Tucson AZ Dec 5 2016
A Tucson Medical Center employee who was shot in a parking garage in August is suing the hospital, claiming it did not keep the premises reasonably safe.
Neritza Gonzalez was shot by an unknown man after she finished her shift at about 9 p.m. Aug. 30, 2016, states the lawsuit.
At the time of the shooting, Gonzalez was 25. She is represented by personal injury lawyer Steven Weinberger of Layfield & Barrett in Scottsdale.
Weinberger would not say whether Gonzalez was still employed at TMC or what her position was at the time of the shooting.
TMC officials also would not release that information.
According to the suit filed in Pima County Superior Court in November, Gonzalez walked to her car in the garage on the northeast side of the hospital. She entered the car through the passenger door because of bird excrement on the driver’s-side door handle.
Gonzalez was placing her handbag on the back seat when a stranger tapped her on her shoulder. She turned around and faced the man, who fired a gun, the bullet striking her in the left arm. The bullet “traveled through her arm and came to rest in her abdomen/hip area on the right side of her body,” states the document.
Gonzalez was taken to a trauma center, according to the lawsuit.
The shooter has not been identified, and security cameras in the parking garage “were found to not be working at the time of this incident,” states the suit.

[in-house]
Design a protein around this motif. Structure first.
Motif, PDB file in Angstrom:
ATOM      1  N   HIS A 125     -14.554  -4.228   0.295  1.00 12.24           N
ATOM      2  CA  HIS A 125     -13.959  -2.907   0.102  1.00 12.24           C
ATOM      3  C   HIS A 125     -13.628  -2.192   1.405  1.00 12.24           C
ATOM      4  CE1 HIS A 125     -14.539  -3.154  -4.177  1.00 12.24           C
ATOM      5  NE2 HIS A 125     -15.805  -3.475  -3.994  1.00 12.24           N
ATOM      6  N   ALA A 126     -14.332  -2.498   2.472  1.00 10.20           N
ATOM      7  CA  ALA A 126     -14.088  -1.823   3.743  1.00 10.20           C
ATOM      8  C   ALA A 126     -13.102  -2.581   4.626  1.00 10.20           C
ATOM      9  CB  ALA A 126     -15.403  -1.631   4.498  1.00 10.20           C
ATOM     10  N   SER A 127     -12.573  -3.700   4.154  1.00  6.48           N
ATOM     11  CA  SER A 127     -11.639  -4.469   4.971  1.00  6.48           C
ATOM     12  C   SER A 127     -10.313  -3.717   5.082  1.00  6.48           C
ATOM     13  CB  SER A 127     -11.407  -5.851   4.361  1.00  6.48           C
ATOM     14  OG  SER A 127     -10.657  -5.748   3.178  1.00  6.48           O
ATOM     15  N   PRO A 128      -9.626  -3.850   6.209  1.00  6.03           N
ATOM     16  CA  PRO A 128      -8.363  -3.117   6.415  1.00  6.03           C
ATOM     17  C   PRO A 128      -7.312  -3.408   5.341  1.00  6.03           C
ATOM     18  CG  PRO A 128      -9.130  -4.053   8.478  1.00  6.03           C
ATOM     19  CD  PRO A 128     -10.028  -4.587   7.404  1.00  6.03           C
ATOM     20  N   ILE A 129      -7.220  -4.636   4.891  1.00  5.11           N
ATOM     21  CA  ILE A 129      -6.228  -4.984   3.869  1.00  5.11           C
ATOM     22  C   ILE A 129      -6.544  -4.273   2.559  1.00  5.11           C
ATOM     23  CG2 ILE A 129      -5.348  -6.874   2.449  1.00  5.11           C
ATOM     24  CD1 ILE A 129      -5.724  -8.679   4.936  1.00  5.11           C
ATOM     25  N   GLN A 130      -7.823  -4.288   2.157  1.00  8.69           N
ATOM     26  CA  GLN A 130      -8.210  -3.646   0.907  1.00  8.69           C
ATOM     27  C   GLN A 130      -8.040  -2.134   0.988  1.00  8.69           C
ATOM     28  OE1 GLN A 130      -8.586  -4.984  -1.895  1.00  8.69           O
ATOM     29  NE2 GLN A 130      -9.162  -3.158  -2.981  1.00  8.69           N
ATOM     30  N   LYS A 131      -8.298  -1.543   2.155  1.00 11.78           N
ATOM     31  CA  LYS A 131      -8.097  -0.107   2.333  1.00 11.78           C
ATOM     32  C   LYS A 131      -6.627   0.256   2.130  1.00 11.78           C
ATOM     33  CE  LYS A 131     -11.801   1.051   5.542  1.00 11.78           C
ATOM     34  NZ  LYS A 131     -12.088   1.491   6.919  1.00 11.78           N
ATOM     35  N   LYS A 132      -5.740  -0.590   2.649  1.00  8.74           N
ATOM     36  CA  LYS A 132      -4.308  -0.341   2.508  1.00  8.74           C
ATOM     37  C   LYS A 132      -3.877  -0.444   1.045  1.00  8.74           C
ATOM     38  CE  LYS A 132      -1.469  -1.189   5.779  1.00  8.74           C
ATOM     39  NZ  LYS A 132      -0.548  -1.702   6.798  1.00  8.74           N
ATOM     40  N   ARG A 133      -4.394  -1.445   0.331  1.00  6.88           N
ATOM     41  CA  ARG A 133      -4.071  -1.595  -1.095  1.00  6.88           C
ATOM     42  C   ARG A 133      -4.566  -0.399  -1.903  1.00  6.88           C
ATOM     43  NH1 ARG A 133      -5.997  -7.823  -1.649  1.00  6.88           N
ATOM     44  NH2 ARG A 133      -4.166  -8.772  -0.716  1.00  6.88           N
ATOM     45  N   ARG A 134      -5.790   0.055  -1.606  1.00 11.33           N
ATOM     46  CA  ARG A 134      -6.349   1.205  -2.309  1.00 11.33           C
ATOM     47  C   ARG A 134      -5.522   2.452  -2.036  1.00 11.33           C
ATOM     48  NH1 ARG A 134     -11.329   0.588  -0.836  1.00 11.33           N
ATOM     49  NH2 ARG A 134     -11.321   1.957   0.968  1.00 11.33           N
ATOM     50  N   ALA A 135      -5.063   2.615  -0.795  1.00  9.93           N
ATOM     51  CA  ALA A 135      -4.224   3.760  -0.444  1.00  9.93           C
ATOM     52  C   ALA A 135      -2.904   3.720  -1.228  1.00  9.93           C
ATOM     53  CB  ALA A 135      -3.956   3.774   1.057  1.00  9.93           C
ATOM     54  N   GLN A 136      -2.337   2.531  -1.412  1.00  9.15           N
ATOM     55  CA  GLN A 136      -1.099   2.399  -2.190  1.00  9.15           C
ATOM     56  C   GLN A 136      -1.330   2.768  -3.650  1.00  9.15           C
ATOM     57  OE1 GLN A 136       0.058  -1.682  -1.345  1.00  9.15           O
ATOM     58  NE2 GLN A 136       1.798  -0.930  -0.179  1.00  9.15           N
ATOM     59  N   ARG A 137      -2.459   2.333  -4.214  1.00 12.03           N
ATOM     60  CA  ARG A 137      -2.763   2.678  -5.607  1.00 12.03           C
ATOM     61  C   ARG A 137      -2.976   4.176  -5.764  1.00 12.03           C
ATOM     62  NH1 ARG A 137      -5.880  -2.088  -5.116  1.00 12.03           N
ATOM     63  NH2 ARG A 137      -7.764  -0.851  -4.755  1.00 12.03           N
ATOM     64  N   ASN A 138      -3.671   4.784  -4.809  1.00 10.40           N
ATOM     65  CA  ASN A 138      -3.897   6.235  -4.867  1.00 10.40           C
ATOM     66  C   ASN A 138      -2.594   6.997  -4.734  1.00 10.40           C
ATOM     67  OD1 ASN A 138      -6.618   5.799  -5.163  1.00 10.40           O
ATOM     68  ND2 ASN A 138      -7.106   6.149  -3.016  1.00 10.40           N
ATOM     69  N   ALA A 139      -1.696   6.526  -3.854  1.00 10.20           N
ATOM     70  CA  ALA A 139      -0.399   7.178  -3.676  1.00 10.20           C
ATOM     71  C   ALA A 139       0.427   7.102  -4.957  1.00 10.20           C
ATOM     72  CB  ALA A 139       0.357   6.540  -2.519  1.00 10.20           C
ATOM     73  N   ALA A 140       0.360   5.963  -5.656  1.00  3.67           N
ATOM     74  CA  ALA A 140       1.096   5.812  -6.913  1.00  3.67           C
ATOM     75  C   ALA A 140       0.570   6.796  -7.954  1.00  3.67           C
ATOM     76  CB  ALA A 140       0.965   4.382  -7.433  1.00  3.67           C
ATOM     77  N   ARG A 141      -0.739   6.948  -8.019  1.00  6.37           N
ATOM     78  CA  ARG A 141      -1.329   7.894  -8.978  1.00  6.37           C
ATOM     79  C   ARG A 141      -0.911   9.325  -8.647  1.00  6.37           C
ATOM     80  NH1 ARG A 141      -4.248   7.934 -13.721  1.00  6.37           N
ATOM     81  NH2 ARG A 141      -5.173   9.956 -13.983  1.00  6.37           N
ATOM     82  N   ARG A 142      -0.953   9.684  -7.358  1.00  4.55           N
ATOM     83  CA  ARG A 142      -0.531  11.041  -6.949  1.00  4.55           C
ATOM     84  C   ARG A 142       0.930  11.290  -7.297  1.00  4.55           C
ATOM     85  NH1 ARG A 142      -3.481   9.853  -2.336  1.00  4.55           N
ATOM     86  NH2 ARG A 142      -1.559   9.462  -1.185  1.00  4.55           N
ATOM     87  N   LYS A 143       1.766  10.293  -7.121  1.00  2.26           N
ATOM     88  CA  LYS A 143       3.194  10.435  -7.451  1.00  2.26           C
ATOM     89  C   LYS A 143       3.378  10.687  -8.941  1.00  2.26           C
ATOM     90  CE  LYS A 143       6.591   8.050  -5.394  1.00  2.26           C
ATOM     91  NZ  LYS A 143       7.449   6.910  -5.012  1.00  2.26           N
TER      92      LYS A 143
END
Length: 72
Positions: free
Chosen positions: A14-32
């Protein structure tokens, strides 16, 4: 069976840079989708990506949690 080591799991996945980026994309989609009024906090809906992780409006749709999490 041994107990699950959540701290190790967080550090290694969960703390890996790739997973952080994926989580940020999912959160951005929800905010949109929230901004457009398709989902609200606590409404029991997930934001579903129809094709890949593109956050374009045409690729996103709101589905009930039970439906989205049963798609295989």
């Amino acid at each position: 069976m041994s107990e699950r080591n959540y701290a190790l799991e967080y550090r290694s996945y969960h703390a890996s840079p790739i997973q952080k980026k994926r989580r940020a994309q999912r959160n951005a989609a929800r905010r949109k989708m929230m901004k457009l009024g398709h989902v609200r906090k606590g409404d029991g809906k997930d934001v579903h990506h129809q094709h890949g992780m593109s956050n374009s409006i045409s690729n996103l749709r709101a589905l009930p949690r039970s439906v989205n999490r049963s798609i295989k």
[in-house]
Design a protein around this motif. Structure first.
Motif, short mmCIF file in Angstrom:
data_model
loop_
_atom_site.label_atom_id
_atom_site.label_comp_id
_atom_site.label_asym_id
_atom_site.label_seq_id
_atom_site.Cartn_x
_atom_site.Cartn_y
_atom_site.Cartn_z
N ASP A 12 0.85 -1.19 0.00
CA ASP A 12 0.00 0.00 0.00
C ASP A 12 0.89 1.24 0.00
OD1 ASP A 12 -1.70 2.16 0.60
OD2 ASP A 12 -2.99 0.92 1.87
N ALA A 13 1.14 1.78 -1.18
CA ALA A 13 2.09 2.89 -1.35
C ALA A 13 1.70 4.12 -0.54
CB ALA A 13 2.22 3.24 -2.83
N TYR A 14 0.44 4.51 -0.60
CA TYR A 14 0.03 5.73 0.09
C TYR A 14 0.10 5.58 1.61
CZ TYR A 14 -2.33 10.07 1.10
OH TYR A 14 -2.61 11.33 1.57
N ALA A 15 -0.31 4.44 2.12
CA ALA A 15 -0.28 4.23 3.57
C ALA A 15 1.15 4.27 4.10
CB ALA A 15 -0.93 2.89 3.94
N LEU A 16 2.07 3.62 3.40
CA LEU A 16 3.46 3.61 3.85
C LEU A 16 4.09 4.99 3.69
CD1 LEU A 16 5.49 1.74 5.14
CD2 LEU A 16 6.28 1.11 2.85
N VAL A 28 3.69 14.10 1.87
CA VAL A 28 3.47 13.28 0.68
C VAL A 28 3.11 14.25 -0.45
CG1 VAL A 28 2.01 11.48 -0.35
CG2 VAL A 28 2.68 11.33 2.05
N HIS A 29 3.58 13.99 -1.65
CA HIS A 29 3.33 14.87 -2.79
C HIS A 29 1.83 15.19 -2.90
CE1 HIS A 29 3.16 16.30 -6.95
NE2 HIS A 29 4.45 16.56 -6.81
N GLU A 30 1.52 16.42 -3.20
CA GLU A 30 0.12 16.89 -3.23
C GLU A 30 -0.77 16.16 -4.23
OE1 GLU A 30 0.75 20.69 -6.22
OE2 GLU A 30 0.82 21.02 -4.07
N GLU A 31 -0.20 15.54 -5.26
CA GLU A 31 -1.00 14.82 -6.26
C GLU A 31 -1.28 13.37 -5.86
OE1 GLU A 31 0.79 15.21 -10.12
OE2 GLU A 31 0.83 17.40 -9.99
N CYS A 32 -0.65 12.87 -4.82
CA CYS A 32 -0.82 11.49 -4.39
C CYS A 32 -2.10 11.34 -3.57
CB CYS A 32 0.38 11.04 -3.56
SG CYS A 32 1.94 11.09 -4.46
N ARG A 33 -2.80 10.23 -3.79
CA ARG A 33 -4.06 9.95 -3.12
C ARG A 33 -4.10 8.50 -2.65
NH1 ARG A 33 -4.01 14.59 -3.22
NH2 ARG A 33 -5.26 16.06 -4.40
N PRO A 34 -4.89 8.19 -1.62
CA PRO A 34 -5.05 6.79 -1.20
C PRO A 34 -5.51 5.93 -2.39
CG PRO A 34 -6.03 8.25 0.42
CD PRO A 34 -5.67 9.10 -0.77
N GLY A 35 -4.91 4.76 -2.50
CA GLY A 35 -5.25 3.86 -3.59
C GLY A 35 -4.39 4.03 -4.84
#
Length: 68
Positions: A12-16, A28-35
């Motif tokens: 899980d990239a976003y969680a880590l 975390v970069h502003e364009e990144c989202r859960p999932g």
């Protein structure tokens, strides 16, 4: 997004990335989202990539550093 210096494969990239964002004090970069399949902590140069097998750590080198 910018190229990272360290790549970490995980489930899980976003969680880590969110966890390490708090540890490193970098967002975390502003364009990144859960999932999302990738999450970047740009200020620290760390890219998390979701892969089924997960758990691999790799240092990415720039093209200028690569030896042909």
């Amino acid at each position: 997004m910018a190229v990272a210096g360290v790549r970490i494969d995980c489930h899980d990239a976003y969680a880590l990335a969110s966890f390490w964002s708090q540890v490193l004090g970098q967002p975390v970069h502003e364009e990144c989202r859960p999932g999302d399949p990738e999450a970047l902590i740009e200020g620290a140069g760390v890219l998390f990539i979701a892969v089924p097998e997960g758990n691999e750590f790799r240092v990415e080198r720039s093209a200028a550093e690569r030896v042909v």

Gonzalez claims TMC knew the hospital at 5301 E. Grant Road was a “high violent crime area” and for that reason the hospital “incorporated surveillance cameras in its overall security plan.”
The suit says hospital officials were negligent because they failed to provide adequate security, did not have enough security guards on duty, failed to have proper lighting in the garage, and failed to have security cameras in proper working condition.
Gonzalez suffered physical pain and discomfort, suffering, anxiety and medical expenses, and is requesting a jury trial, states the document.
She is asking for general damages, special damages and legal fees.
According to an Arizona Daily Star article, at the time of the shooting, TMC was placed on lockdown and people were escorted to their vehicles by officers, a Tucson Police Department spokesman said.
Julia Strange, a TMC vice president, said in an interview after the shooting that the assailant was captured on surveillance camera, and officials believe the shooting was an isolated incident.
She said administrators had meetings with the hospital staff and were proactive about what could be done to improve safety.
Rhonda Bodfield, a spokeswoman for TMC, said that the hospital cannot comment on pending litigation.